Frank Sinatra used to have an opening joke in his lounge and concert acts where he would take the stage as if beset by a hangover, squint out blearily into the audience and say, “How did all these people get into my room!?”’
Well, that’s how Ghost, the Musical begins, since it’s based on the rom-dram flick of the same name. There are a lot of “people” in the room as Sam and Molly look for a new apartment in Brooklyn along with a bunch of ghosts. Indeed, there are lots apparitions in this piece, as the twenty-somethings Sam and Molly pursue their love jones until Sam is killed in a mugging gone wrong (or right) on the mean streets.
And while the music and lyrics by Dave Stewart and Glen Ballard, with book and lyrics by Bruce Joel Rubin, are not particularly memorable, the Mercury cast infuses it with enough pizzazz to make it all reasonably enjoyable.
The grieving Molly is comforted by their friend and Sam’s co-worker Carl, which seems like a godsend until his ulterior motives are revealed. Of course, for anyone who saw the movie, it won’t come as a surprise that Sam is a most active ghost. He forces a local psychic Oda Mae Brown to become his corporeal tool, maneuvering her to meet with Molly and warn her about impending dangers.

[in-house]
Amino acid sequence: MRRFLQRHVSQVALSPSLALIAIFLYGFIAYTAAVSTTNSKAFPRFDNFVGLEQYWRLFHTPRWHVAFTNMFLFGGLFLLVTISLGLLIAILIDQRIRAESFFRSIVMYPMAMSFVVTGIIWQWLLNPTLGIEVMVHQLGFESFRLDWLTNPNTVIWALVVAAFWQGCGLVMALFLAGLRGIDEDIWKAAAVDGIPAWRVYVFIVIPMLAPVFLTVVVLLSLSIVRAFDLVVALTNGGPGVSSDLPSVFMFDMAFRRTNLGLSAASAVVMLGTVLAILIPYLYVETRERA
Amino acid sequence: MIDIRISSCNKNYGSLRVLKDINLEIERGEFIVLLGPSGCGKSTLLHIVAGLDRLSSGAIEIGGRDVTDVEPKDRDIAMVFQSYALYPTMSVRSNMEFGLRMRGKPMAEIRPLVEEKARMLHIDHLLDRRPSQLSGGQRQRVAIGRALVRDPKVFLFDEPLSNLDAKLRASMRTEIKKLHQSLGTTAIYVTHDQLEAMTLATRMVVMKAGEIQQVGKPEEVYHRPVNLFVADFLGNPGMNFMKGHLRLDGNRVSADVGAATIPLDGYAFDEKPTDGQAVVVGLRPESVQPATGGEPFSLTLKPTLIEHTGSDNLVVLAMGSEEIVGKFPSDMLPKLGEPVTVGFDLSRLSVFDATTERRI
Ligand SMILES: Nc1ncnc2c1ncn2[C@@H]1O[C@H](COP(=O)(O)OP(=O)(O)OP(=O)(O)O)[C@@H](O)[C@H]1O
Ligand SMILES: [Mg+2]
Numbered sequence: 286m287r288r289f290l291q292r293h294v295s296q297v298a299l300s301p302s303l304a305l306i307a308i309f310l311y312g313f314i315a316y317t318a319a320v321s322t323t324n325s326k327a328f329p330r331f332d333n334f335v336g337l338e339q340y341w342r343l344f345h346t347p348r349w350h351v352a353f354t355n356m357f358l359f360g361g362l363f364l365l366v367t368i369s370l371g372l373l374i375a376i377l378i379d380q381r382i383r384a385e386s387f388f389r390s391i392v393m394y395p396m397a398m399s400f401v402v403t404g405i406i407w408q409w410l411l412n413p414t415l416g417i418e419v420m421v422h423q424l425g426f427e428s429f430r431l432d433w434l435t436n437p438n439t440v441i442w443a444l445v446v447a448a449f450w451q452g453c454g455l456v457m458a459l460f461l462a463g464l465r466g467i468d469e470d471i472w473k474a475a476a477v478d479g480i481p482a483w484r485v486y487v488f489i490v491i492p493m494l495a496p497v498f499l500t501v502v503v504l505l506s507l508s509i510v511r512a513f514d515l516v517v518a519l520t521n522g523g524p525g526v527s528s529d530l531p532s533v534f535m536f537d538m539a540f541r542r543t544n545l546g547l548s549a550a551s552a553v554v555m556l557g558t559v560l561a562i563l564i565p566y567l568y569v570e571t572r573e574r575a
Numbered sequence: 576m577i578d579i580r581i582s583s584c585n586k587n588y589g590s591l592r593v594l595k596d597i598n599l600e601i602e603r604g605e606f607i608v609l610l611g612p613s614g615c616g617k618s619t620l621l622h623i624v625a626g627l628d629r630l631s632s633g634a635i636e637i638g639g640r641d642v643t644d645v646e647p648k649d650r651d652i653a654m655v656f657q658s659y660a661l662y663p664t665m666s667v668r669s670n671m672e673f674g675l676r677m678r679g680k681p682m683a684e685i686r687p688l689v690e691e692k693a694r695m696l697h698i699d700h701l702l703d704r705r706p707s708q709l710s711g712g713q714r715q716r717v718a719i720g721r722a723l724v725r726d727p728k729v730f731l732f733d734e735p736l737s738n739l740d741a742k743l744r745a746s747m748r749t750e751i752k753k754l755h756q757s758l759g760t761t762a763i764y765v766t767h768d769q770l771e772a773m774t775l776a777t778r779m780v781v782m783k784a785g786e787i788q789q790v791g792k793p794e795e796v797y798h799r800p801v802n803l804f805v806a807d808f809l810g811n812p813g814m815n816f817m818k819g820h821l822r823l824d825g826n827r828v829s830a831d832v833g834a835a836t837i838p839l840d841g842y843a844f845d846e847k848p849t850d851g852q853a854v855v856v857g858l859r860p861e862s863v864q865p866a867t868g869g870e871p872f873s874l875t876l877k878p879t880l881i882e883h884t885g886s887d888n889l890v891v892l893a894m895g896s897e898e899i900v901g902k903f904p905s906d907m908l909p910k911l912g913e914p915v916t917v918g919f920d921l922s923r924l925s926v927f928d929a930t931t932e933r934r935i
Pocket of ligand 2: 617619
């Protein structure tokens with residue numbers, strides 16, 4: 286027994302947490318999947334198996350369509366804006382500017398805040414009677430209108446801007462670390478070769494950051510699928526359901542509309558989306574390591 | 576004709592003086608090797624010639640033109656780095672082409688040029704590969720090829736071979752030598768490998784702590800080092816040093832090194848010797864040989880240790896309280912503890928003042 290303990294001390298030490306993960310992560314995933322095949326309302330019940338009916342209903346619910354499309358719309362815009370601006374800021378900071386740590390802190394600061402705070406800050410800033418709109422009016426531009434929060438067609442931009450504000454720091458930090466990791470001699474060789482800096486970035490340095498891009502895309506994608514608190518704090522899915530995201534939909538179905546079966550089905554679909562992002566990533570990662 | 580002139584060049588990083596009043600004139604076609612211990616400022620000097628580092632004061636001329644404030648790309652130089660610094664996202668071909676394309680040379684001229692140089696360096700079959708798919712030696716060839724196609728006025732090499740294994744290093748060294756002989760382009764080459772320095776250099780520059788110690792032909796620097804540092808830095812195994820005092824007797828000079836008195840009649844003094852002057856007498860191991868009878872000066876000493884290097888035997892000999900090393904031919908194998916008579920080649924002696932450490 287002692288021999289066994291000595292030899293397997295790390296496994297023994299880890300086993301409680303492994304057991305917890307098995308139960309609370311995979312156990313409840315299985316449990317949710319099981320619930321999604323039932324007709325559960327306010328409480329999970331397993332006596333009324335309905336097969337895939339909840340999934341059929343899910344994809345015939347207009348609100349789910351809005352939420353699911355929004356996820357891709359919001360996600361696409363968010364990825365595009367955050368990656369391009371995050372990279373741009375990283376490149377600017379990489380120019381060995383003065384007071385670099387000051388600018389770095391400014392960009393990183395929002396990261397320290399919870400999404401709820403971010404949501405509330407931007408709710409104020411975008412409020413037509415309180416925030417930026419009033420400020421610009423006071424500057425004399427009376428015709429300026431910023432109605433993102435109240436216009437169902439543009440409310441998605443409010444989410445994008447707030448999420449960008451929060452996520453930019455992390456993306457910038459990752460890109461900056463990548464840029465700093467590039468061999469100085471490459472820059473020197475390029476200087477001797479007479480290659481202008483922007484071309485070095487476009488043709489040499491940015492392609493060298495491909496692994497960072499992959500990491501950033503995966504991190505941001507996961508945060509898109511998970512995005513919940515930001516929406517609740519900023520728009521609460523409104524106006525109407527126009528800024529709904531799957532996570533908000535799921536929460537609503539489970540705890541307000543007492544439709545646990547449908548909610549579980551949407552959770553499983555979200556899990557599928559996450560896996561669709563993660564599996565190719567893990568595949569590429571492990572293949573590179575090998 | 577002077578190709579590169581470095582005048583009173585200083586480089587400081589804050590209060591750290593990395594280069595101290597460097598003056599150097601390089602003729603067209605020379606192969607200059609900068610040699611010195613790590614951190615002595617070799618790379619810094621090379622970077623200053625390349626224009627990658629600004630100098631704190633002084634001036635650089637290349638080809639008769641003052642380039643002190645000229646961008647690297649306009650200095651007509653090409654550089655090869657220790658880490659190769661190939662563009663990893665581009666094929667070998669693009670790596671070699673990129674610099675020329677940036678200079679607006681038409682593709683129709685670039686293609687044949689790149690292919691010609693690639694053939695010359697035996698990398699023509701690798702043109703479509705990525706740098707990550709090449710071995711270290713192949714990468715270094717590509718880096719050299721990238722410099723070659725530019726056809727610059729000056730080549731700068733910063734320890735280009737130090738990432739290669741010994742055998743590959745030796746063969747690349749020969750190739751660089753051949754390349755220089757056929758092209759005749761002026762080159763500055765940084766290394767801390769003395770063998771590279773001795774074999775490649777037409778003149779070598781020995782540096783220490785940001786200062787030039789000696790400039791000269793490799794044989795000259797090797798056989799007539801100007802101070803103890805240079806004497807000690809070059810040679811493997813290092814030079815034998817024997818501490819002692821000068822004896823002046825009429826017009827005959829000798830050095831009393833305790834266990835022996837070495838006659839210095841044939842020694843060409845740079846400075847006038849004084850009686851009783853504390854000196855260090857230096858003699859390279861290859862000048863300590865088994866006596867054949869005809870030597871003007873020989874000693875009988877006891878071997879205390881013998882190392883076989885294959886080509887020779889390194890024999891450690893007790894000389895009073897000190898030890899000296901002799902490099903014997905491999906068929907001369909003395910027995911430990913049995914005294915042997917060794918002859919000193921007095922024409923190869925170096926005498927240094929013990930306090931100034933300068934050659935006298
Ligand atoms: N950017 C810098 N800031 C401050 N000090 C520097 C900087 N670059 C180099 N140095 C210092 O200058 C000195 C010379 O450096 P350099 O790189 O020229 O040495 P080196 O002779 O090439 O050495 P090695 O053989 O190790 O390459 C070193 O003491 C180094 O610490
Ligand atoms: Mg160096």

As Sam, Robert Head sings well and is rather blandly charming in either state. Korrine Courtwright is equally affecting at times and has a lovely voice at lower volumes, but when she pushes it her vocals tend to become a bit harsh.
Brian Marshall puts a smiling, snarky spin on Carl’s skullduggery, but the real standout is Kelvette Beacham as the scamming soothsayer Oda Mae. Shocked to learn she can actually speak to a dead guy after years of faking it, Beacham’s Oda Mae gets all the laugh lines and lands each of them with otherworldy precision.
In smaller roles, Craig Juricka is an imposing force as the subway ghost who torments Sam on the other side, and Justin Woody has a mean streak as Sam’s murderer Willie Lopez.
Director Pierre-Jacques Brault finds interesting ways to simulate ghostly activities, such as walking through closed doors, and this is all enhanced by an effective lighting design by Michael Jarett and a solid orchestra under the baton of Eddie Carney.
This is the first production of the renamed Mercury Summer Stock company, and their popularity appears to be growing fast. Pretty soon, they may actually fill the cavernous auditorium seating on the campus of Notre Dame College. And that will be well deserved, since Mercury (by whatever name) consistently produces quality productions with young and energetic casts.
Ghost, the Musical
Through June 27, produced by Mercury Theatre Company, Notre Dame College, 1857 S. Green Road, South Euclid, 216-771-5862.